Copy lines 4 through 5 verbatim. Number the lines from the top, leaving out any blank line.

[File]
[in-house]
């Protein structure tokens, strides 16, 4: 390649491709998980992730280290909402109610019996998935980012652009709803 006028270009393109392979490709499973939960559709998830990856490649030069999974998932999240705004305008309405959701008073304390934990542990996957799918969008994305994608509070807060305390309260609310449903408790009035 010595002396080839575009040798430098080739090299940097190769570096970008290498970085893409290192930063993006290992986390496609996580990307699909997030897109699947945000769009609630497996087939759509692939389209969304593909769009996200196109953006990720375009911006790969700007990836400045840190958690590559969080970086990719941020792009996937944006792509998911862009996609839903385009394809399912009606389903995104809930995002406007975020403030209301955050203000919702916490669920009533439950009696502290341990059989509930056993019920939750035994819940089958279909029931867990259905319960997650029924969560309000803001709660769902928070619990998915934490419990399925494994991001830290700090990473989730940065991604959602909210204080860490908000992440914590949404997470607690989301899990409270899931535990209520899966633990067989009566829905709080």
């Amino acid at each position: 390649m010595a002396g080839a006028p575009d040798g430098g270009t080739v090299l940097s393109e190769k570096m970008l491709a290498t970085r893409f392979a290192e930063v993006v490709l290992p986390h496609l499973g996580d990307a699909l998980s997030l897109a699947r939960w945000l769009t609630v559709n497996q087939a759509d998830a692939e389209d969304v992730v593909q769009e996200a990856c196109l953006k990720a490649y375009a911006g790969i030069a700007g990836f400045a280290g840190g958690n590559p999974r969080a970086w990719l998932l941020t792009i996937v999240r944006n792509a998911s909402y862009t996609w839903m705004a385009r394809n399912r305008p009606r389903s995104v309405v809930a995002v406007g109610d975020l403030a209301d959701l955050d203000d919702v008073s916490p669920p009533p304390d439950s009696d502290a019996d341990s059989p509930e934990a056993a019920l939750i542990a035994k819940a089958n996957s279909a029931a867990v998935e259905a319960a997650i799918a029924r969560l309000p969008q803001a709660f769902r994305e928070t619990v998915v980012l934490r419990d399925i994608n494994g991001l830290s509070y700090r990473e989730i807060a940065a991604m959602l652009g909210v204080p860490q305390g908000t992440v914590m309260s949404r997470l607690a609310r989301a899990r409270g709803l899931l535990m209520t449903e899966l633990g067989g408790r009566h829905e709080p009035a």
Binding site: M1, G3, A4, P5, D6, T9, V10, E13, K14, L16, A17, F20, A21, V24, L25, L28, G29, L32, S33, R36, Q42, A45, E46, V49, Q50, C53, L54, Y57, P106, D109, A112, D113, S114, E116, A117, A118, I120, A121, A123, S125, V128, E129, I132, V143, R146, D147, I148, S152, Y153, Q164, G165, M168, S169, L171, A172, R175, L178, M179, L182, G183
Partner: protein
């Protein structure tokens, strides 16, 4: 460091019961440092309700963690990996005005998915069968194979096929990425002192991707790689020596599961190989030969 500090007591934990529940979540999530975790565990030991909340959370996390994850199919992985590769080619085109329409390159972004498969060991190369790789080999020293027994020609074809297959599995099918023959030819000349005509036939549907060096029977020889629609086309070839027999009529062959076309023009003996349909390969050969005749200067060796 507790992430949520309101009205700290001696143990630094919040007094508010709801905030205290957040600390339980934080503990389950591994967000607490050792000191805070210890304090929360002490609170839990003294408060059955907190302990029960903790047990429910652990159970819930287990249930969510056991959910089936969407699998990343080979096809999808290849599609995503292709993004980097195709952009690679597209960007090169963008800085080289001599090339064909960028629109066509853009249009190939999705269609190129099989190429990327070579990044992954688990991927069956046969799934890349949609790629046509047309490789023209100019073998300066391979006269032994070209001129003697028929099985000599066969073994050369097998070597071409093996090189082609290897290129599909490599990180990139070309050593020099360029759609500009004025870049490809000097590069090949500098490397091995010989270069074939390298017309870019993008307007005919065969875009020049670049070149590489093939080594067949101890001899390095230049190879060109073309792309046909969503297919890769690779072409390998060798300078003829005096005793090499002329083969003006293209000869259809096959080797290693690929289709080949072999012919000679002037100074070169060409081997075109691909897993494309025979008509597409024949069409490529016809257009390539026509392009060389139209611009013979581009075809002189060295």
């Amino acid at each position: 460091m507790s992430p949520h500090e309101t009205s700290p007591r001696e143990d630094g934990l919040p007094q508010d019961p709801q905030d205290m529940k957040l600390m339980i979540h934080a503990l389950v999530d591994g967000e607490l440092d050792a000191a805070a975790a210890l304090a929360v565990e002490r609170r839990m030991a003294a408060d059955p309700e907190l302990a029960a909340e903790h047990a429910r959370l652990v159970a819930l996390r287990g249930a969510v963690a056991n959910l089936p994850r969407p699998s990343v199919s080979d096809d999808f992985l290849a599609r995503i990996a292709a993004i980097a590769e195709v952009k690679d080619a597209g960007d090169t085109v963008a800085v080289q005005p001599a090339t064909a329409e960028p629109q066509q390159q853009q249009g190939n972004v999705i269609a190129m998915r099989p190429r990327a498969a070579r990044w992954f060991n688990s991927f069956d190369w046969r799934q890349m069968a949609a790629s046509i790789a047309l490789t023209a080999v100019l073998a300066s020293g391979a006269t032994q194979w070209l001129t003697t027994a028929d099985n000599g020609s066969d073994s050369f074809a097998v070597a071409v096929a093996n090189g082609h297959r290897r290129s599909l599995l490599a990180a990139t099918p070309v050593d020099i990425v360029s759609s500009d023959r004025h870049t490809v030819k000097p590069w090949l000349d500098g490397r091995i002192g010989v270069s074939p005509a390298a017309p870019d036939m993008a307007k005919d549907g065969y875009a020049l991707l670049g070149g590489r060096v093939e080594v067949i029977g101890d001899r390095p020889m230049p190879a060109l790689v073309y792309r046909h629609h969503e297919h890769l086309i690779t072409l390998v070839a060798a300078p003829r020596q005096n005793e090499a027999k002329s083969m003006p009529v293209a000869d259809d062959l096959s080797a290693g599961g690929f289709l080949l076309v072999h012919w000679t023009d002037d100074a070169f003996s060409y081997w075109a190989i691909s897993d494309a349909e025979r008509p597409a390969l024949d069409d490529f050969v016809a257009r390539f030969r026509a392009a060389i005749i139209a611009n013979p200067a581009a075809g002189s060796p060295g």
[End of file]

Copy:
Binding site: M1, G3, A4, P5, D6, T9, V10, E13, K14, L16, A17, F20, A21, V24, L25, L28, G29, L32, S33, R36, Q42, A45, E46, V49, Q50, C53, L54, Y57, P106, D109, A112, D113, S114, E116, A117, A118, I120, A121, A123, S125, V128, E129, I132, V143, R146, D147, I148, S152, Y153, Q164, G165, M168, S169, L171, A172, R175, L178, M179, L182, G183
Partner: protein